Solar cell manufacturer QS Solar plans to add three new production lines in Nantong, Jiangsu province, this year.
Sha Xiaolin, chairman of Nantong Qiangsheng Photovoltaic Technology Co Ltd (QS Solar), said yesterday the firm will invest a total $70 million in its four production lines, which will have a combined annual capacity of 130 mW of solar cells.
"Capital is not a problem," Sha said, adding that 10 foreign financial institutions - including Morgan Stanley, Lehman Brothers and Standard Chartered Bank - will back the project.
The manufacturer's first production line came onstream in August last year, with an annual capacity of 12 mW of solar panels.
"Sales are good," Sha Yan, general manager of QS Solar, said. The company has signed a contract with a US firm to sell 5 mW of solar panels, as well as deals for 2 mW to South Korea and 2 mW to Spain.
The manufacturer has also signed a deal with Nantong's Rudong Economy and Technology Development Zone to launch a 1-mW photovoltaic solar power plant.
Construction of the plant, China's largest, is expected to start after four months' preparation, the company's chairman said.
The plant will cost 28 million yuan and will use 16,000 pieces of thin-film amorphous silicon solar cells to generate 1 mW of solar electricity. The same plant built overseas would cost 65 million yuan, he said.
Solar electricity produced at the plant will be more expensive than thermal power at 3 yuan per kWh.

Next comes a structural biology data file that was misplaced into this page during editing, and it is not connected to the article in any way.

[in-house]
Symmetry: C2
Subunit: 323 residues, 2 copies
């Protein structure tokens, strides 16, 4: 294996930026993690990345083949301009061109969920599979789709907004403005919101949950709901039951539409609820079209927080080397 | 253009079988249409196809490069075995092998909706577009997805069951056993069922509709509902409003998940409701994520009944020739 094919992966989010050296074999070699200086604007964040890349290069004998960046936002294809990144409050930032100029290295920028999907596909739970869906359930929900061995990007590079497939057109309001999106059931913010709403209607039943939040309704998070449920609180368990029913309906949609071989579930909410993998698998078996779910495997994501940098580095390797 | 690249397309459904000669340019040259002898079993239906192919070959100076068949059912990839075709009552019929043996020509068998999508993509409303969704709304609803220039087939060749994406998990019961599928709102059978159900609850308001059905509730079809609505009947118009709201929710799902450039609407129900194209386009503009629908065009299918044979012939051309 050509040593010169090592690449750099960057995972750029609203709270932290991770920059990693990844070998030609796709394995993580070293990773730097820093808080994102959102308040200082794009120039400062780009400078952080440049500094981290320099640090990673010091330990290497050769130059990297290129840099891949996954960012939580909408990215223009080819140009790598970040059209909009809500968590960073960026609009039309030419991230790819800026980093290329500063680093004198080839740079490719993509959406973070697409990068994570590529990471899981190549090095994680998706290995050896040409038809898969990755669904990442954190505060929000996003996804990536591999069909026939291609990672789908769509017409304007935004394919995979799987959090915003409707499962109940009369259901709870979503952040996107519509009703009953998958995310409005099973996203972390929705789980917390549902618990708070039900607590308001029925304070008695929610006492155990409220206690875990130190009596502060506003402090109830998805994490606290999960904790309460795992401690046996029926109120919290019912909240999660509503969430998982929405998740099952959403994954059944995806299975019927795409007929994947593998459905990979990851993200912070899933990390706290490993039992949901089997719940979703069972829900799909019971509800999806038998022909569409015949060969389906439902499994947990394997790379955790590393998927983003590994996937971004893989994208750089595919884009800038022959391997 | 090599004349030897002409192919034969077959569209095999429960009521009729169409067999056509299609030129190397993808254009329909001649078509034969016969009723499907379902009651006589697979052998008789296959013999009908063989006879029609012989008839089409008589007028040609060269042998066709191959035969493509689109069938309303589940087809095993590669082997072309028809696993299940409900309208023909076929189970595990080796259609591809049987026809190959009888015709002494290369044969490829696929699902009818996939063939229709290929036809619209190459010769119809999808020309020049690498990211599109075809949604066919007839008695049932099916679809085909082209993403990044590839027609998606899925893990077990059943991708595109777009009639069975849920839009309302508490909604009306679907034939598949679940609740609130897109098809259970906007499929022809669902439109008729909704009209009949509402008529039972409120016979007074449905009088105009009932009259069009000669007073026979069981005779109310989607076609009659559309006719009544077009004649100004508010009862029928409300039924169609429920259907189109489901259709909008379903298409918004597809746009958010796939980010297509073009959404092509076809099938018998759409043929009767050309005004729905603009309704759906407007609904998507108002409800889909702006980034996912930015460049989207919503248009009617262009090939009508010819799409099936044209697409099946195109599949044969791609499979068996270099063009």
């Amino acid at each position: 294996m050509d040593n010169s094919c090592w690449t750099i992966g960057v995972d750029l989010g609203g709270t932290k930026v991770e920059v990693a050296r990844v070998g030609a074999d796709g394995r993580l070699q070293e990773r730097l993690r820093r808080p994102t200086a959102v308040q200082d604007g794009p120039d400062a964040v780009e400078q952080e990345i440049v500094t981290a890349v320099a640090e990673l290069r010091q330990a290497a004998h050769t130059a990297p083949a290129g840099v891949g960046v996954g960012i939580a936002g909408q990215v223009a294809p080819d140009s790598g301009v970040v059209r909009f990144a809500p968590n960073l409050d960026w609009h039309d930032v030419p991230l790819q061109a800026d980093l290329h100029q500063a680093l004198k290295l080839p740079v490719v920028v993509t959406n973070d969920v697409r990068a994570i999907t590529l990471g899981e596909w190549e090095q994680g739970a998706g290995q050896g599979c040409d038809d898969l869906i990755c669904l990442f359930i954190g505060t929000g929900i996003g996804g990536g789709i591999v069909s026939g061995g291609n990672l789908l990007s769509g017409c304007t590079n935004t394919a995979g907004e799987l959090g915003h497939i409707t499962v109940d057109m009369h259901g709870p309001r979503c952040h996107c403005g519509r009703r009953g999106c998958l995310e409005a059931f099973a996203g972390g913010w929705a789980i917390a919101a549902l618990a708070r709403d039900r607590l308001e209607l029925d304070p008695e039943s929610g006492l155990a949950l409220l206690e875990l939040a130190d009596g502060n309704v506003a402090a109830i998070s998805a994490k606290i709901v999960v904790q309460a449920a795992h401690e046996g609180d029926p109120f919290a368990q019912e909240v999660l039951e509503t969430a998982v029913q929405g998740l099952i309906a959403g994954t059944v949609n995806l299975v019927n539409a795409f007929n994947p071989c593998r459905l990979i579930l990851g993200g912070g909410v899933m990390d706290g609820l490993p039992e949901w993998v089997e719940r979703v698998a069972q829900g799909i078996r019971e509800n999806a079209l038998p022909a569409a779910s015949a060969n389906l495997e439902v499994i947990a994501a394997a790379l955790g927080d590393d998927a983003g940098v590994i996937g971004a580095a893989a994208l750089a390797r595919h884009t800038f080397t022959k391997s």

But he said the price will drop to 1 yuan per kWh when more photovoltaic power plants are built.
China produced 3,000 mW of solar cells last year, but its photovoltaic materials relied heavily on imports and 90 percent of photovoltaic cells were exported to Europe, the United States and Japan.
China's 2 million sq km of deserts could generate the same amount of electricity as produced by hydro, thermal and nuclear power plants combined if just 1 percent of it was used to build photovoltaic power plants, QS Solar said.
The manufacturer plans to have six production lines by 2009 to boost annual capacity to 340 mW, its chairman said.
By 2010, it plans to add another six production lines to reach 550 mW, he said.
"We're talking to the Shanghai municipal government about establishing a headquarters and R&D center in the city to push forward the industry," he said.
"If things go smoothly, we'll have about 20 experts from the United States, Europe and Australia working for us," he said.
(China Daily March 12, 2008)